To inquire about the Myo52p function in cdc8E104A, we quantified the localization of Myo52p-3xYFP in a cdc8E104Amyo52-3xYFP strain (SH98). Myo52p-3xYFP is tightly clustered at the cell poles in interphase cells (Fig. 3E) and at the midline of dividing cells. We calculated the ratio of fluorescence intensity at the two ends and categorized the cells according to the polarity of the Myo52p fluorescence distribution. Assuming perfect bipolar distribution would have a ratio of 1.0, we created the following classifications: monopolar (≤0.33), bipolar (≥0.66), or “asymmetric bipolar” (>0.33 but <0.66). An asymmetric bipolar distribution of patches indicates a cell that is between polarities. Even though Myo52p-3xYFP localizes to the poles in cdc8E104A, the fraction of cells with monopolar localization is less than in wildtype (Fig. 3F, details in legend). Similarly, cdc8E104A has fewer cells than cdc8wt cells with a monopolar distribution of actin patches visualized using coronin (Crn1p-GFP) (supplementary material Fig. S4, details in legend). Crn1p-GFP is localized in the patches that are usually coincident with actin, as previously reported (Pelham and Chang, 2001). With both probes cdc8E104A has more cells with an asymmetric bipolar distribution than cdc8wt (Fig. 3F, supplementary material Fig. S4). The average length of the asymmetric bipolar cells is <9.5 mm, indicating they are in the pre-NETO stage of the cell cycle (Mitchison and Nurse, 1985).
In addition to vesicle and organelle movement in cells, in fission yeast Myo52 is involved in vacuole fusion (Mulvihill et al., 2001). When Myo52p-3xYFP cells are transferred from YEA medium to water, the Myo52p-3xYFP is redistributed from the cellular poles to around vacuoles within ten minutes. The effect is reversible. We observed no difference between cdc8wt and cdc8E104A cells indicating the mutation does not affect endocytosis (supplementary material Fig. S5). However, the cdc8E104A mutation alters the fusion of vacuoles.
We followed the process of vacuole fusion using the lipophilic dye, FM4-64, that enters vacuoles by endocytosis (Brazer et al., 2000). Whereas the rate of labeling of vacuoles was similar in cdc8wt and cdc8E104A cells, the vacuoles are smaller but more numerous in cdc8E104A cells (cdc8wt, 6.8±1.9; cdc8E104A, 10.2±2.9 vacuoles/cell, n=48) (Fig. 4). In both cdc8wt and cdc8E104A the vacuoles increased in size with time, but they remained consistently smaller in cdc8E104 (Fig. 4B, details in legend). Also, as in myo52Δ cells (Mulvihill et al., 2001), the vacuoles tend to cluster around the nucleus (Fig. 4A). We interpret our results to indicate that in cdc8E104A cells vacuoles form normally but are delayed in fusion, a myo52-dependent process.
For comparison, we analyzed vacuole fusion in the other mutants in the present study. The D121A mutation that severely impairs actin affinity and cytoskeletal organization, as described above, results in smaller but more numerous vacuoles (Fig. 4A,C). A mutation that has a major effect on actin cable assembly would be expected to affect myo52-dependent processes that involve transport along cables. Alternatively, smaller and more numerous vacuoles may result from vacuole fragmentation in the stressed cdc8R121A mutant. Three other mutants, cdc8D16A,K30A, cdc8D131A, cdc8E138A, have no effect on vacuole fusion (supplementary material Fig. S6). The results lend credence to our postulate that the single E104A mutation affects vacuole fusion through regulation of Myo52p function, a subject for future investigation.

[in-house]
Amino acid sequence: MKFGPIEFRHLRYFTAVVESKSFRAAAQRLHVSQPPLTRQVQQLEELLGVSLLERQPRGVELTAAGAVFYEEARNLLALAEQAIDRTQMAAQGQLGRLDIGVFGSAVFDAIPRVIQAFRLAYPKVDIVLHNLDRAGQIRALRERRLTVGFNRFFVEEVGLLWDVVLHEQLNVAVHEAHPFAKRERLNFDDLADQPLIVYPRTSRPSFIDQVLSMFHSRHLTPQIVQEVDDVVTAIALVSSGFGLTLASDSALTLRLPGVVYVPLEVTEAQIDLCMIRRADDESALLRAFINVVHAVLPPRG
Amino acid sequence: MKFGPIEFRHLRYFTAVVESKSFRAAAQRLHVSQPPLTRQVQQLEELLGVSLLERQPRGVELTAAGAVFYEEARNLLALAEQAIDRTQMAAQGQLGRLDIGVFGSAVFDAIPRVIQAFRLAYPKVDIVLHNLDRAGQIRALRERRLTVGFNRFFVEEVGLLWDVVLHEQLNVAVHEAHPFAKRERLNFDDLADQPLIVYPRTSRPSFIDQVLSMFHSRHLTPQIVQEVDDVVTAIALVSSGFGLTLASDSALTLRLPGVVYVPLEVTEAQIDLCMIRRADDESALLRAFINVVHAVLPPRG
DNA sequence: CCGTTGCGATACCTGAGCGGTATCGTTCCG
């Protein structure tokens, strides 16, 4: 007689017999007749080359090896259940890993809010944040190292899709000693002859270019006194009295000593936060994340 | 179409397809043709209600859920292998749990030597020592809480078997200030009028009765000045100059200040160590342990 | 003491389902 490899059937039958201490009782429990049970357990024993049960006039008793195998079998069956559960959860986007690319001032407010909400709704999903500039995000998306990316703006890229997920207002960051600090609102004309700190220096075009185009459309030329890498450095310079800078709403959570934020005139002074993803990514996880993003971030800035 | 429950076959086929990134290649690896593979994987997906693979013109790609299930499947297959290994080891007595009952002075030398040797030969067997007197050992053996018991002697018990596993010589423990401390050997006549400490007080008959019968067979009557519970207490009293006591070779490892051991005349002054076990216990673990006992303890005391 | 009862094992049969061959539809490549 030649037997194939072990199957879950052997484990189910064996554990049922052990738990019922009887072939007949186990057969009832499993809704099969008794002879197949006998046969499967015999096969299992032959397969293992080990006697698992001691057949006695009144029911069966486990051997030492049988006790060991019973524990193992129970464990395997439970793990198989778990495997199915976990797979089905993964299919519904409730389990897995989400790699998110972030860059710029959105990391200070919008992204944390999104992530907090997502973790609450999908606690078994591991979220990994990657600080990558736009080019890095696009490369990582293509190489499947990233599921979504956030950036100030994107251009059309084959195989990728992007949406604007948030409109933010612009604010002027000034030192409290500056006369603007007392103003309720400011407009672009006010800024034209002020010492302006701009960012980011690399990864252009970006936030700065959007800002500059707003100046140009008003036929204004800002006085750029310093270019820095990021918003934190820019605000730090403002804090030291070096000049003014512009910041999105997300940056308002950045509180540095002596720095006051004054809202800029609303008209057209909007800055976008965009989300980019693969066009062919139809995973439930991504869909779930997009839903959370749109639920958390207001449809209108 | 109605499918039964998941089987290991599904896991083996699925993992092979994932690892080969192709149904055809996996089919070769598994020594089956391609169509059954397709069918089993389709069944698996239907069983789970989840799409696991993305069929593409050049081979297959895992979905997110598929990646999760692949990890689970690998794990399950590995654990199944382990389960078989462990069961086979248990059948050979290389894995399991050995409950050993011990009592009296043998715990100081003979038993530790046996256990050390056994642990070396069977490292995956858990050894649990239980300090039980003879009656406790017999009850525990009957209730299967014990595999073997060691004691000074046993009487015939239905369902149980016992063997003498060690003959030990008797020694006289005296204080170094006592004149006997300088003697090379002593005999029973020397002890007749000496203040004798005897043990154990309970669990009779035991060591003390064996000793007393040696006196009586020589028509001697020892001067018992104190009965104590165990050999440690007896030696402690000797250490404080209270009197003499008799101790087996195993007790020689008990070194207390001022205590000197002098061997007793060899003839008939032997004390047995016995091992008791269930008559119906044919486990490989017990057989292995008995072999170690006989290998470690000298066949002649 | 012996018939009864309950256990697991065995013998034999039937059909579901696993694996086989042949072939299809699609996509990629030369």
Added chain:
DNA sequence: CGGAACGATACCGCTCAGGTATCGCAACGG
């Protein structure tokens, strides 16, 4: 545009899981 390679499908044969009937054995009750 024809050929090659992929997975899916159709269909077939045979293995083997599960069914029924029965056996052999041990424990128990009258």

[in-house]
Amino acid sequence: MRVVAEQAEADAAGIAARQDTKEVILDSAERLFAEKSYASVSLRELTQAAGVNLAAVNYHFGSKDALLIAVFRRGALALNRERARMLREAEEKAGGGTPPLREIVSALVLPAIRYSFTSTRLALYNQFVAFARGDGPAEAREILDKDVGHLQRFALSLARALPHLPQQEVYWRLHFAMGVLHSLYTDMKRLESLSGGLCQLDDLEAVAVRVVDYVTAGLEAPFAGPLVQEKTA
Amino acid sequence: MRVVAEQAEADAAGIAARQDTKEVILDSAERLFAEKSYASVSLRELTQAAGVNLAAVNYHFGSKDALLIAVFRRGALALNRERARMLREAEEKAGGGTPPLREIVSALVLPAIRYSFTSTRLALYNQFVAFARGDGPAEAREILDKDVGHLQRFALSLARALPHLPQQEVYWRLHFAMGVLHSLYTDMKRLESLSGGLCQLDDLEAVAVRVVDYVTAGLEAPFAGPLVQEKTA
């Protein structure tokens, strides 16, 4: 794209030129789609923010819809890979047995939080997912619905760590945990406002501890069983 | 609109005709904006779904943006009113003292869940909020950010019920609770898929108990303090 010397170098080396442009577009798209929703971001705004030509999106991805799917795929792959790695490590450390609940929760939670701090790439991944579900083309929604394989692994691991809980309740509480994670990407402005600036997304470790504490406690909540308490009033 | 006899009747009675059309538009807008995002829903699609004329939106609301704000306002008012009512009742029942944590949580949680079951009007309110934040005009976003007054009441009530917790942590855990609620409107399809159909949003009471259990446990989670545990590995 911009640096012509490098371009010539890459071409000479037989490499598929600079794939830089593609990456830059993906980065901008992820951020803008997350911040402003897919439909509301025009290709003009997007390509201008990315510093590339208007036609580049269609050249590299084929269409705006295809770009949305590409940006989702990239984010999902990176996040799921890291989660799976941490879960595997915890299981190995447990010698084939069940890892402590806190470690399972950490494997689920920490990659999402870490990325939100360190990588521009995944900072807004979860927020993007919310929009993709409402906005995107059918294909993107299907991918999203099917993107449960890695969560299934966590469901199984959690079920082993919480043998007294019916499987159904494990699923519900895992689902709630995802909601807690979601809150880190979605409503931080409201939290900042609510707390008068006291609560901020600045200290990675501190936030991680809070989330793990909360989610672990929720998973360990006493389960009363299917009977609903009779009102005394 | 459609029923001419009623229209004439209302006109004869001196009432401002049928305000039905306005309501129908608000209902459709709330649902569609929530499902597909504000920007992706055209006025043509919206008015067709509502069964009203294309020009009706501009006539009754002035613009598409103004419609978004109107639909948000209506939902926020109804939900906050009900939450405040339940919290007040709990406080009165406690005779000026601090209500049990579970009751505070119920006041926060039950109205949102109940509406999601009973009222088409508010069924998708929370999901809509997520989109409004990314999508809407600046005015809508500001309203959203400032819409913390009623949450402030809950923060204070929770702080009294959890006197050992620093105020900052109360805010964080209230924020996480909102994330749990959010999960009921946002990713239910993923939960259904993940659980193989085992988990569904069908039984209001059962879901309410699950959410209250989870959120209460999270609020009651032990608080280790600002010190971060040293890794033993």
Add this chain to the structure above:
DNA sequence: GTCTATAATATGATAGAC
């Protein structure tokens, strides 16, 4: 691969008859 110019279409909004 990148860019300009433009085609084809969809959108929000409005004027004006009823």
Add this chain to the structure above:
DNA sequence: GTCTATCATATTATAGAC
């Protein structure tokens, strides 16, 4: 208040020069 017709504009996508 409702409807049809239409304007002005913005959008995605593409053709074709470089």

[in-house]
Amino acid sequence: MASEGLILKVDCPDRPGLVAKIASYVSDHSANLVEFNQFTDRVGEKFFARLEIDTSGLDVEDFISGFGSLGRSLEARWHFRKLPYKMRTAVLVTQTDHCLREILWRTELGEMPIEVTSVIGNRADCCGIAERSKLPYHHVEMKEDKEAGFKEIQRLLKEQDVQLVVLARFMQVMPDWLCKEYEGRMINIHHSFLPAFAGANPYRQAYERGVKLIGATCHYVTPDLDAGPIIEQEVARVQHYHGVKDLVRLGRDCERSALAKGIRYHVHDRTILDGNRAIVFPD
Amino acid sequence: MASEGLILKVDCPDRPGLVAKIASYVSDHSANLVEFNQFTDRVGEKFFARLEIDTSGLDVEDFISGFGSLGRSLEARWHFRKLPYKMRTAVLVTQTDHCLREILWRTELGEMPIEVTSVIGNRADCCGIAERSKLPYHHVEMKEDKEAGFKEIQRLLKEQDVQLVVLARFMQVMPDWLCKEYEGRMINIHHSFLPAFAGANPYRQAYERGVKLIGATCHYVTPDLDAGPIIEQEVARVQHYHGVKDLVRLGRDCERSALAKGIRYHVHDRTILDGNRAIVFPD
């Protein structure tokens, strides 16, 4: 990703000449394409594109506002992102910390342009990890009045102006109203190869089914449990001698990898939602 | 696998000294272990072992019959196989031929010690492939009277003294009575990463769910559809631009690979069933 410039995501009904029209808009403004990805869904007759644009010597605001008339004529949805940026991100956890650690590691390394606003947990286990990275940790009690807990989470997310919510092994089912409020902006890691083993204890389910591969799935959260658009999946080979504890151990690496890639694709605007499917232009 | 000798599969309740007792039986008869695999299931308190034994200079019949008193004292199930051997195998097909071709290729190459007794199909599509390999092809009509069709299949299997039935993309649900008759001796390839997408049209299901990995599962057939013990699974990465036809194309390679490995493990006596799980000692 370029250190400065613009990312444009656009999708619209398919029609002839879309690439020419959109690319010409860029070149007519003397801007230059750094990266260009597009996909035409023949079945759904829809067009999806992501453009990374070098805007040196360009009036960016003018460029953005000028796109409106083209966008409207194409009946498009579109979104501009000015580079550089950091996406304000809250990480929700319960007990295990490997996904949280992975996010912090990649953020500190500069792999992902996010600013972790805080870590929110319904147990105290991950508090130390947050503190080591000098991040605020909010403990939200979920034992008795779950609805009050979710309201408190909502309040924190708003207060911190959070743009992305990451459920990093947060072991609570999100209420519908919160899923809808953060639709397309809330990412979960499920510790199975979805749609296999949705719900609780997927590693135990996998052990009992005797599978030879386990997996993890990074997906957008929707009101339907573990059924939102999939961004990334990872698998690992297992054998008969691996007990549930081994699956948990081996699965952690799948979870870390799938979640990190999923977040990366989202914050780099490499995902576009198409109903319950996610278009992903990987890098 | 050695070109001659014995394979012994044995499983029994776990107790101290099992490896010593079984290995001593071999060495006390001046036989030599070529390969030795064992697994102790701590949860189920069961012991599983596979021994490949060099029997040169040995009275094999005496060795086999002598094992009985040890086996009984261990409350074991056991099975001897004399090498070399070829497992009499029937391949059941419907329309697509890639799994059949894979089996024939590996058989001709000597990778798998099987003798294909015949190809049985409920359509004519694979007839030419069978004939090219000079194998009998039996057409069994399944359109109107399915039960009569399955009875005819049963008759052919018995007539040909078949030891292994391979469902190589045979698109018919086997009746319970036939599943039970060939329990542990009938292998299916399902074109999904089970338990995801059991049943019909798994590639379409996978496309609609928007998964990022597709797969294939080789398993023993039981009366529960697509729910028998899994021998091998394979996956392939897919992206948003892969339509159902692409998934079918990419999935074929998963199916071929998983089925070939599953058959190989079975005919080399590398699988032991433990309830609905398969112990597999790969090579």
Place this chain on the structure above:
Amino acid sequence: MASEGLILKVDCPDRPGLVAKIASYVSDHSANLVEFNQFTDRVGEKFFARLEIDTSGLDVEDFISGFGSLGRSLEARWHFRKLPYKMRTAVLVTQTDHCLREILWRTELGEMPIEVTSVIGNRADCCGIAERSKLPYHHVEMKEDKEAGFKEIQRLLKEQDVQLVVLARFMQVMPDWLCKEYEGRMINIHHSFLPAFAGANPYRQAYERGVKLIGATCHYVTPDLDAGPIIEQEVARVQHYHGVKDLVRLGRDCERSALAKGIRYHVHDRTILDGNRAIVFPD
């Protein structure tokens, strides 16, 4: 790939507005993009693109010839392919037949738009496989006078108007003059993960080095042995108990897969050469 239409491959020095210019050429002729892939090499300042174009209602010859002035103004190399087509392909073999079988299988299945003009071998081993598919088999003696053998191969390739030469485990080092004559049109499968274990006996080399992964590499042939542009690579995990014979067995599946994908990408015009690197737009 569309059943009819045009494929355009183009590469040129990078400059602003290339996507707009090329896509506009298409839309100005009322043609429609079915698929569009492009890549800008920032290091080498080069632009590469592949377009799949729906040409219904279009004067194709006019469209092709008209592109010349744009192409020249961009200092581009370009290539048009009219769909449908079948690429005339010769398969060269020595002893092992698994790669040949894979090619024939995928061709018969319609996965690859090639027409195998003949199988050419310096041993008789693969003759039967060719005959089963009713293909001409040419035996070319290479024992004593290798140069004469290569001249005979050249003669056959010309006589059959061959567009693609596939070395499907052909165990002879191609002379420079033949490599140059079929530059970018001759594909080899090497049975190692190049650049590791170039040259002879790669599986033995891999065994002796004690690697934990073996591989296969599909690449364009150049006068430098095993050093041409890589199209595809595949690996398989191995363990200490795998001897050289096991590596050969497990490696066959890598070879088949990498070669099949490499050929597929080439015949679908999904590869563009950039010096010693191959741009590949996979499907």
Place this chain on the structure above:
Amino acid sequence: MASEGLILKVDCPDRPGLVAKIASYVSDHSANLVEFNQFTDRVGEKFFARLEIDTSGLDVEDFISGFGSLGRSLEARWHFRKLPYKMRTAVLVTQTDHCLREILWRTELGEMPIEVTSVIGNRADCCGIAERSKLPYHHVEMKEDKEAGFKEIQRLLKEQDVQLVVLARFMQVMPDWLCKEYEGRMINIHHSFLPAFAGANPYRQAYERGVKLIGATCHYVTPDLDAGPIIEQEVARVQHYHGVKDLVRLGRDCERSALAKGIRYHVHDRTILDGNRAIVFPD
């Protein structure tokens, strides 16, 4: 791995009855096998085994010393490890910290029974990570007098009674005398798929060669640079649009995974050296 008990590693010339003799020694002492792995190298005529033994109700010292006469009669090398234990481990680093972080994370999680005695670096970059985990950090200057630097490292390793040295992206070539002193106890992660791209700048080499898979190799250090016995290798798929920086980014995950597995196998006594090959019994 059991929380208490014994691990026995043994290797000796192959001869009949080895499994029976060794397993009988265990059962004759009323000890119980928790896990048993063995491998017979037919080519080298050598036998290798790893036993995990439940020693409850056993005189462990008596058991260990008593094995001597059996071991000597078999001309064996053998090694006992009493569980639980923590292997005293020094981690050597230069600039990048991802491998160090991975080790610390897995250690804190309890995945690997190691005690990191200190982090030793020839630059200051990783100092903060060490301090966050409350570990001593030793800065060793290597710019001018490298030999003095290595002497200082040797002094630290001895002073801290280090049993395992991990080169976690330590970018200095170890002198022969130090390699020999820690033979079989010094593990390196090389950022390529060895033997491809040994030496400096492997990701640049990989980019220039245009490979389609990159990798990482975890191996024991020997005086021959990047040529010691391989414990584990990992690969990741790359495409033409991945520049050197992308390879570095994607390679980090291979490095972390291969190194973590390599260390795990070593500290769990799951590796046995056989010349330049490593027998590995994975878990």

A synthetic effect of Cdc8p in a strain expressing fimbrin-GFP gives insights into protein function
We previously described cdc8D16A.K30A (SH22) that we isolated as a diploid strain (Cranz-Mileva et al., 2013). We noted a mild phenotype with occasional less polar distribution of patches and actin cables that tended to be more wavy and reticular than in wildtype. D16 and K30 are conserved surface residues near the N-terminal to C-terminal overlap region of tropomyosin, and D16 is part of a conserved actin binding motif in tropomyosins (Barua et al., 2013,, 2011). The respective residues in human tropomyosin, E16 and K30, are among the most conserved in animal tropomyosins (Barua et al., 2011). The actin affinity of recombinant Cdc8pD16A.K30A with an AlaSer N-terminal modification is about 2-fold weaker than wildtype (Cranz-Mileva et al., 2013) (Fig. 1B), whereas a D16A mutation in an unacetylated recombinant protein increased actin affinity (East et al., 2011). A D16A mutation in a mammalian tropomyosin has little effect on the overall actin affinity (Barua et al., 2013). Therefore, we postulate D16 contributes to another conserved tropomyosin function.
In the course of working with the cdc8D16A.K30A diploid we isolated a spontaneous haploid strain with normal growth parameters (supplementary material Fig. S1) that we analyzed in the present study since it gave us the opportunity to identify the effect of mutating these conserved sites on other cellular functions. We constructed strains of cdc8D16A.K30A expressing the following tagged cytoskeletal proteins: Rlc1p-mCherry (SH50), Fim1p-mEGFP (SH112), Cdc12p-3xGFP (SH59), Ain1-mEGFPp (SH116) and Act1-LifeActp-GFP (SH122). The distribution of the fluorescent proteins is rather normal in all (supplementary material Fig. S3), as was Cdc8p (supplementary material Fig. S2) and the actin cytoskeleton, except in cdc8D16A.K30fim1-GFP (Fig. 5). We also note that cdc8D16A.K30A had difficulty recombining with a myo1-mGFP strain (MLY422). While the asci appeared normal, in two crosses only 1/100 colonies screened in random spore analyses had a his+ura+KanR phenotype. The haploid phenotype was stable during numerous crosses, making the presence of an extragenic suppressor an unlikely explanation, but leaving open the possibility of intragenic suppression.